The last decade has witnessed the emergence of a surveillance-industrial complex as securitised data about customers begins to flow between the private sector and government.
Governments and their security agencies are mandating businesses to transfer data about their customers in a number of key industrial sectors. Organizations in financial services, travel and latterly, communications, now provide the very data which enable decisions about risk and security deployment to be made.
This book revolves around case studies of two surveillance regimes: The Anti-Money Laundering/Counter Terror Finance regulations in retail financial services; and the EBorders regulations in the retail travel industry.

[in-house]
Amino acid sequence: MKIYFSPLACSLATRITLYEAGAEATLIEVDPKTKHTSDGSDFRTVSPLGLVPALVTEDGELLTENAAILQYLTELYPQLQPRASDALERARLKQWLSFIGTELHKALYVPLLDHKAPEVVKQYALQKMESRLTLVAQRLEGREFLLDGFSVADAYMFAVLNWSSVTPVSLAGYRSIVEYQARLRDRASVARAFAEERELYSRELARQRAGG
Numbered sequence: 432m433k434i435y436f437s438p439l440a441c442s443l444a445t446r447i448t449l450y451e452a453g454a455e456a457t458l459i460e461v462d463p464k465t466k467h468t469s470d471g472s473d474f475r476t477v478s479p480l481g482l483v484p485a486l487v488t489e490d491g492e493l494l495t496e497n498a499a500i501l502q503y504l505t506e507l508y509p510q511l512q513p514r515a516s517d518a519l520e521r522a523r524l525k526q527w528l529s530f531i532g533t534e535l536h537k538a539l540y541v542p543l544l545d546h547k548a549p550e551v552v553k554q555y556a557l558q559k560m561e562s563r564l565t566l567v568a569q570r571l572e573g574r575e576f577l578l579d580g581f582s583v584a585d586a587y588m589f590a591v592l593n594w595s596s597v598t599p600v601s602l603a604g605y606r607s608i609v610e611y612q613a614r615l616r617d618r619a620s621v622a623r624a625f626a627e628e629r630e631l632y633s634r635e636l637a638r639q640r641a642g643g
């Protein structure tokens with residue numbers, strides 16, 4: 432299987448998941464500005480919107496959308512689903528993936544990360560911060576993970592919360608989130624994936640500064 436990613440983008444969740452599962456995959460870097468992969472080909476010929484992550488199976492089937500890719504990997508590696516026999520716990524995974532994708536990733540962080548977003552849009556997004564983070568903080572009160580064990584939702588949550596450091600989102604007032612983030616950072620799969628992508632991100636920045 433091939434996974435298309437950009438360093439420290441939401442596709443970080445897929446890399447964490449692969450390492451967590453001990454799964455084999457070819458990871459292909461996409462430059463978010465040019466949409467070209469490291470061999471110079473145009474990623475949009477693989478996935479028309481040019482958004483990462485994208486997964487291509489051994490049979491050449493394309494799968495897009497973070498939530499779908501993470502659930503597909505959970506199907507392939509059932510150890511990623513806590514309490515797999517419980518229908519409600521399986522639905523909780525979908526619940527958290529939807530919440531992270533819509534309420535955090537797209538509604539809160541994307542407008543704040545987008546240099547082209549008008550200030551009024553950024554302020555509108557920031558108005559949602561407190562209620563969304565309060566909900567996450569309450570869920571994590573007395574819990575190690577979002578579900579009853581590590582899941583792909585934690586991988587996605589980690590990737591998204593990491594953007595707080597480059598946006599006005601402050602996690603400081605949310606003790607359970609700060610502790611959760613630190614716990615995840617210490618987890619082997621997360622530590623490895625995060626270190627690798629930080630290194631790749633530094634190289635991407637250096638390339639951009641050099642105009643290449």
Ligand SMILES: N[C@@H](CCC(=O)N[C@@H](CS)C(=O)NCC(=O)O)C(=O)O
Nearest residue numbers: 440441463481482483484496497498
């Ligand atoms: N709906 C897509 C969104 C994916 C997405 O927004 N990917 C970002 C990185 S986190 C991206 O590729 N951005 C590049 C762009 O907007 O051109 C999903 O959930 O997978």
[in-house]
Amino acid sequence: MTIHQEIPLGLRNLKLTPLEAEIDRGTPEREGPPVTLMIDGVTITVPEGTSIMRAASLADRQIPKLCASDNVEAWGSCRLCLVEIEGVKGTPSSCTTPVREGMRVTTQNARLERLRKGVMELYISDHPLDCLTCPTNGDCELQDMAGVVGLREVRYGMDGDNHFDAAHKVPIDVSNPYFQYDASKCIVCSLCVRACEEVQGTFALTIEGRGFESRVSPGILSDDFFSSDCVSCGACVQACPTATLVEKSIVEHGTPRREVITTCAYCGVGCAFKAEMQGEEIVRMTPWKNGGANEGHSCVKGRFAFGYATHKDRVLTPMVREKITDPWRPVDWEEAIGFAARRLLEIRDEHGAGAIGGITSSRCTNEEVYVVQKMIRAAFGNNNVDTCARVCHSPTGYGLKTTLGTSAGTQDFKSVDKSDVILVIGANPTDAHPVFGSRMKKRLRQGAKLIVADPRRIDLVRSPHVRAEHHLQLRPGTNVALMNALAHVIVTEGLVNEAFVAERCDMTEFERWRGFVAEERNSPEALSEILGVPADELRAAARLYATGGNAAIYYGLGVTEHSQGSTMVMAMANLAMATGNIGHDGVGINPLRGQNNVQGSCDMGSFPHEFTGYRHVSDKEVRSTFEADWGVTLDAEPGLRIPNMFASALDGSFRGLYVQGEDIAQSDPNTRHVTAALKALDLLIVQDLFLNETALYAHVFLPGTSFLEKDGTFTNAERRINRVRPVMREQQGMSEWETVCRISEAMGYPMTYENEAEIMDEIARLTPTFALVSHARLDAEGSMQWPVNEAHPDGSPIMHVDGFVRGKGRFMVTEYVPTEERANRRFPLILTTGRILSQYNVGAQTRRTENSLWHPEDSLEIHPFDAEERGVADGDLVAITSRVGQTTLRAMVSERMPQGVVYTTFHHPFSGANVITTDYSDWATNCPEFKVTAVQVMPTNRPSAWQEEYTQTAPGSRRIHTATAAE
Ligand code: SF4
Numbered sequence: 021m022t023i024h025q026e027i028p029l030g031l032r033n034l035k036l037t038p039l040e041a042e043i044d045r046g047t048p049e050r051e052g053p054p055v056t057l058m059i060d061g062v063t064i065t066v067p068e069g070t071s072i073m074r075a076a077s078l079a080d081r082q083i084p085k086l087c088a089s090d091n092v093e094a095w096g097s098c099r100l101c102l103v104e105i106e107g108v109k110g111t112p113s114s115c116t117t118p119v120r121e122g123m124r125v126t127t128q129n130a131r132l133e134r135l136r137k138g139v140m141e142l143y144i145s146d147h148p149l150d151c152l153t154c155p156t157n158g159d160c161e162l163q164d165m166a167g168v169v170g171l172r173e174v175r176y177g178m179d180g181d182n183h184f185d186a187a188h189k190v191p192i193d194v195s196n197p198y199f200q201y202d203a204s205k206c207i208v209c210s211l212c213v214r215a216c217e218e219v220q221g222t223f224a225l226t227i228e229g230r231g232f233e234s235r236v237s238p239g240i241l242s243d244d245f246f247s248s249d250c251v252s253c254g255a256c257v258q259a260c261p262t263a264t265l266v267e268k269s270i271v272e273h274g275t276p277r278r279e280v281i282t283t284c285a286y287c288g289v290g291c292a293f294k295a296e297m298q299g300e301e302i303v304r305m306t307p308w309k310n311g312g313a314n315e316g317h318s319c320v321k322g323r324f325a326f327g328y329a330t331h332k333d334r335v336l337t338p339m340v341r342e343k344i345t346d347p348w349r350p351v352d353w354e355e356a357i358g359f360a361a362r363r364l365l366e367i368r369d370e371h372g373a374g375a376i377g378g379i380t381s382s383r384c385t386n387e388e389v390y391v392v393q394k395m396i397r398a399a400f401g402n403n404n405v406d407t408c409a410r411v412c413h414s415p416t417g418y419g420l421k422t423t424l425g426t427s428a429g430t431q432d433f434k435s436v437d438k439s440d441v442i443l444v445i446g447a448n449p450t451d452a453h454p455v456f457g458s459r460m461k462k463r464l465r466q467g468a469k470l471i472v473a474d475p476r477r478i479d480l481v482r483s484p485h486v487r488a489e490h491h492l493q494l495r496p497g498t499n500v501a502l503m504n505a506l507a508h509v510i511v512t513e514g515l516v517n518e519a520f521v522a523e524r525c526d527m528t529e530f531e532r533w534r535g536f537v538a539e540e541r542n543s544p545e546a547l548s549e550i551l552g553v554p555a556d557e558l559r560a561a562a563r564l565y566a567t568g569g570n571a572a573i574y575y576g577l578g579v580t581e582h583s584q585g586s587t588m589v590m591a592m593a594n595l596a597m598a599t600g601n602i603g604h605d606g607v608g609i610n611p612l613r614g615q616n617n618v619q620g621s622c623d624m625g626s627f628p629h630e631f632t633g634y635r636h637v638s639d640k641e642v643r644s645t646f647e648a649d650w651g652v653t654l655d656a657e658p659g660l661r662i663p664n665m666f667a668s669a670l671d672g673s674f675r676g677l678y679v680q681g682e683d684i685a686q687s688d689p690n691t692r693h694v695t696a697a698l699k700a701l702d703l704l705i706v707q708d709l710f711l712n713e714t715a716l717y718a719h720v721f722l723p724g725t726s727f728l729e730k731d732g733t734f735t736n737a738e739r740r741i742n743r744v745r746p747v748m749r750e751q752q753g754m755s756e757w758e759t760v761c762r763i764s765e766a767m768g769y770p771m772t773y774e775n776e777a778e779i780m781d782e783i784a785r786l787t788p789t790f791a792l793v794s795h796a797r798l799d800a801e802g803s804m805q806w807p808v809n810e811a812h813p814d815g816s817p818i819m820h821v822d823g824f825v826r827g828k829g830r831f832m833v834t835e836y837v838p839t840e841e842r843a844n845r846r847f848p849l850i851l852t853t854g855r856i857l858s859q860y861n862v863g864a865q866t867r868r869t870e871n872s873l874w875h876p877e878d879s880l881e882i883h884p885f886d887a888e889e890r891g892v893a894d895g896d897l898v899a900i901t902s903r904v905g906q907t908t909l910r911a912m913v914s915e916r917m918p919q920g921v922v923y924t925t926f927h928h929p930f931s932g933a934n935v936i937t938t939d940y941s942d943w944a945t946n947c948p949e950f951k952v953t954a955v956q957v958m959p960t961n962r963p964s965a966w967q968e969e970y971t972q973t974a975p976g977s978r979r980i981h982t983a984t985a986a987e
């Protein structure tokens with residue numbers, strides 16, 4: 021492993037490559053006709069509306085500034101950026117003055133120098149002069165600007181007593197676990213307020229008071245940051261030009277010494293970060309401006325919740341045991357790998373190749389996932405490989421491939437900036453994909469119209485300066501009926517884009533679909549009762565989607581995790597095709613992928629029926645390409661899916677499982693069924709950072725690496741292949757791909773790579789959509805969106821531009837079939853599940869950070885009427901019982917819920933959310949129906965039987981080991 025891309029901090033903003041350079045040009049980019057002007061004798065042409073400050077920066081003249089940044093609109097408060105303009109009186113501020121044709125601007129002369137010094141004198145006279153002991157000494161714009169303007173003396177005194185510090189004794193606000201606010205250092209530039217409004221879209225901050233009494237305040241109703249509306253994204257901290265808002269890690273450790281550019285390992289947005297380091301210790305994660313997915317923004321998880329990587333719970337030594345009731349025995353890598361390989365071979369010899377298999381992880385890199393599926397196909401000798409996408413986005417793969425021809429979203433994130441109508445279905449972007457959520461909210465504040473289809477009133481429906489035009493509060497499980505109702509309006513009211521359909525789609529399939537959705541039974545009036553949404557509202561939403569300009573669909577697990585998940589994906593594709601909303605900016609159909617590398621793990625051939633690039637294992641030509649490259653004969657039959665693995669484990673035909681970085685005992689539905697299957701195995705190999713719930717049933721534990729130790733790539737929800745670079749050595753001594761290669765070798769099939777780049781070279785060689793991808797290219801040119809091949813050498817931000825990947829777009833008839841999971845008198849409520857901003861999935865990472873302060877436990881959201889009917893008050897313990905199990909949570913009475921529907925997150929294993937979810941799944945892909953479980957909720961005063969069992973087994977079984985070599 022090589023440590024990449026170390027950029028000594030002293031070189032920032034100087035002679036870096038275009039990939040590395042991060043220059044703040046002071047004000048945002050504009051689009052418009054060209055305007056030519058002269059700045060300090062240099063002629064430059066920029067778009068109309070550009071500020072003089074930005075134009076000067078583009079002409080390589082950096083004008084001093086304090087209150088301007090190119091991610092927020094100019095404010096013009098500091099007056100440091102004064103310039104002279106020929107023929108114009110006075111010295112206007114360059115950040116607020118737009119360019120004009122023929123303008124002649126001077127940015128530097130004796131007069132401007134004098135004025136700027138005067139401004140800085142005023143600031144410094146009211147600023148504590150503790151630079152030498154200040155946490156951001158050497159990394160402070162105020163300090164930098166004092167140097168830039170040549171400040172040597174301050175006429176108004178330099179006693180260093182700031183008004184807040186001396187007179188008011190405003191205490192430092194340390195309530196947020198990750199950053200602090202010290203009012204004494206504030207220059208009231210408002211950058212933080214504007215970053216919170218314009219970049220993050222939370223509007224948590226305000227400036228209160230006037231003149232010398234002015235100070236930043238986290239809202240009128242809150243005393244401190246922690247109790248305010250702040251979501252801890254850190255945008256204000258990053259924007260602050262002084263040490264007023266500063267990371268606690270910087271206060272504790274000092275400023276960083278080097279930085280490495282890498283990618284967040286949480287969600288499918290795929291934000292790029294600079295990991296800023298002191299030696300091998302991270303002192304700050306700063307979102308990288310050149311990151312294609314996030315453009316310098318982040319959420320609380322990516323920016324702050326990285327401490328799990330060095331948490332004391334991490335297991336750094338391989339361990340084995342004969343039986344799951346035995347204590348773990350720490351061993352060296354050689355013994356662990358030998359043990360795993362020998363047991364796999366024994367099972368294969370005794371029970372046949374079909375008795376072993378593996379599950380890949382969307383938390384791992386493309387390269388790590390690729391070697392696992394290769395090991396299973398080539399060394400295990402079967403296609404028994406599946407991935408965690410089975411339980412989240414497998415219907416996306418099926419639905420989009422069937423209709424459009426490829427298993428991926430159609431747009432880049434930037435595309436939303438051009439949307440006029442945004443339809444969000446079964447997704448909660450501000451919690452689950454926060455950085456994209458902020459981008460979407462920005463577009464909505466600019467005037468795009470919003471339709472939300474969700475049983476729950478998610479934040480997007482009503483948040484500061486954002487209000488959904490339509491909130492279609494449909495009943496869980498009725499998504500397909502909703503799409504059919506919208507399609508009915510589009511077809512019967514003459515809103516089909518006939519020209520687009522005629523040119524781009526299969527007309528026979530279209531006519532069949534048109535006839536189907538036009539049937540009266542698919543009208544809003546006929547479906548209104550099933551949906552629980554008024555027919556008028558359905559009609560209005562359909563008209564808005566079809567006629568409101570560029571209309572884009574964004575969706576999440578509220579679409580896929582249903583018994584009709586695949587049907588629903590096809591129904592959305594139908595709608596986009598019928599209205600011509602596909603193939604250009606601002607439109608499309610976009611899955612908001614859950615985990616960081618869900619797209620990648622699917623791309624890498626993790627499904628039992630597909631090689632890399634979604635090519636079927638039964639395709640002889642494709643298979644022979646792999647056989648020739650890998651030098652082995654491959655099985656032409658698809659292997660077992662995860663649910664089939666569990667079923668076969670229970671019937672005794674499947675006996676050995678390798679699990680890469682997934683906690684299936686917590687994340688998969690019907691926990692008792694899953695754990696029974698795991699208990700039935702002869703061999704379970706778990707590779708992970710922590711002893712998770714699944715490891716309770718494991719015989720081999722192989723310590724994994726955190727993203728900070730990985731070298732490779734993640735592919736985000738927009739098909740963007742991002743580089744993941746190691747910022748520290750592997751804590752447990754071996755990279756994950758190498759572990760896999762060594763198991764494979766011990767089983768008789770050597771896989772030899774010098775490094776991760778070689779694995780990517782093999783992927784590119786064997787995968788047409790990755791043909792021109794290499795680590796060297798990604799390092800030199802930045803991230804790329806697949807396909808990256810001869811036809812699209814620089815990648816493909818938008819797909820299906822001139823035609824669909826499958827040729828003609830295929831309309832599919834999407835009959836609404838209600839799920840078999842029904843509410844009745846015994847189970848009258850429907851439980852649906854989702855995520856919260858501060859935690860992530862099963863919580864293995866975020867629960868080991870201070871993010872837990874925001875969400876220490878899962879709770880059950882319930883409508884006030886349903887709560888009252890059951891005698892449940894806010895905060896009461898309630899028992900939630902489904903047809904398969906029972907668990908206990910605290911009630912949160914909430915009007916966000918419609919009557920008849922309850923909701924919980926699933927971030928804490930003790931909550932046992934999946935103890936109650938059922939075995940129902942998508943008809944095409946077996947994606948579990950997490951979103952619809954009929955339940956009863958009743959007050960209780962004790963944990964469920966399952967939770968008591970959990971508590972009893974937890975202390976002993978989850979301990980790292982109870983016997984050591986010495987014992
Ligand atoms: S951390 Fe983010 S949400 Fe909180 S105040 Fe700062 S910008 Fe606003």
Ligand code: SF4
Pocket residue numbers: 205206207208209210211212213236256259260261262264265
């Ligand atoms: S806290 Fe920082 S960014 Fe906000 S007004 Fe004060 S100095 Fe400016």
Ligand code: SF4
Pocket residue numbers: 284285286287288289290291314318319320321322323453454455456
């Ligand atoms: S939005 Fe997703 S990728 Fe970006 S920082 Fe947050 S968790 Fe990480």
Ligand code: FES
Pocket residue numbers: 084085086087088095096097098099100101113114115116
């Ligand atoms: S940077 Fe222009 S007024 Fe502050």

The Private Security State examines how these new government demands for information intertwine with the activities of private sector organizations, as their systems, processes, customers and employees are integrated into national security frameworks.
Through detailed empirical analysis it questions how private sector organizations achieve compliance with demands for customer data.
Whilst others have argued that diffused security arrangements de-politicises it, The Private Security State shows that national security becomes re-politicised as it re-surfaces in the politics of production within the business enterprise.